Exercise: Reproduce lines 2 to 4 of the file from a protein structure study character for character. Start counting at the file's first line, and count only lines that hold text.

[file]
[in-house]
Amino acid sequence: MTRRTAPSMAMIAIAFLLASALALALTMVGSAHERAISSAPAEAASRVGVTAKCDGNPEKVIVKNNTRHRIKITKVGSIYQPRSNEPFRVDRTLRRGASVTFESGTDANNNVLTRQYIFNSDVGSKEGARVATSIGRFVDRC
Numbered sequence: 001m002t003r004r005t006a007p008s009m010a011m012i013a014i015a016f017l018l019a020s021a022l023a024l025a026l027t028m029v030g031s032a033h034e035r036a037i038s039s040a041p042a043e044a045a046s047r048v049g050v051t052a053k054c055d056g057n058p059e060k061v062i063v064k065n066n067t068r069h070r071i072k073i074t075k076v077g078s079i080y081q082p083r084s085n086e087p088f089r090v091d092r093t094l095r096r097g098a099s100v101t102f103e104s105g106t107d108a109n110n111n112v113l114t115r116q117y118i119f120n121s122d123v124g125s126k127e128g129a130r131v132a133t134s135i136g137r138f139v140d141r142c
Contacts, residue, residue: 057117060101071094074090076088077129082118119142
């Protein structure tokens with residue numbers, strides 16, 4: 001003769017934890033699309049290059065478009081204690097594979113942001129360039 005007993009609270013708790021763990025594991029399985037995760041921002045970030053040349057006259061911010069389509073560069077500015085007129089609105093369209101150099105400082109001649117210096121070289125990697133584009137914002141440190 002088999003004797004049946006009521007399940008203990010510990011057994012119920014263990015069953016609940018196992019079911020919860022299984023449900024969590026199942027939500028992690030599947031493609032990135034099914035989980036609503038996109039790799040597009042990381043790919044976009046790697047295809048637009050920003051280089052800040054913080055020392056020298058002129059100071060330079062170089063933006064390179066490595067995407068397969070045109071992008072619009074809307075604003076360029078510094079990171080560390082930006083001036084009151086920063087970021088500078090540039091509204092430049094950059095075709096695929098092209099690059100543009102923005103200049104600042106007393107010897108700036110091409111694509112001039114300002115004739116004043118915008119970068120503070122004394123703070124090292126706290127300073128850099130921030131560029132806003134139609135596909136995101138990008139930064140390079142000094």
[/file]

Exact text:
Amino acid sequence: MTRRTAPSMAMIAIAFLLASALALALTMVGSAHERAISSAPAEAASRVGVTAKCDGNPEKVIVKNNTRHRIKITKVGSIYQPRSNEPFRVDRTLRRGASVTFESGTDANNNVLTRQYIFNSDVGSKEGARVATSIGRFVDRC
Numbered sequence: 001m002t003r004r005t006a007p008s009m010a011m012i013a014i015a016f017l018l019a020s021a022l023a024l025a026l027t028m029v030g031s032a033h034e035r036a037i038s039s040a041p042a043e044a045a046s047r048v049g050v051t052a053k054c055d056g057n058p059e060k061v062i063v064k065n066n067t068r069h070r071i072k073i074t075k076v077g078s079i080y081q082p083r084s085n086e087p088f089r090v091d092r093t094l095r096r097g098a099s100v101t102f103e104s105g106t107d108a109n110n111n112v113l114t115r116q117y118i119f120n121s122d123v124g125s126k127e128g129a130r131v132a133t134s135i136g137r138f139v140d141r142c
Contacts, residue, residue: 057117060101071094074090076088077129082118119142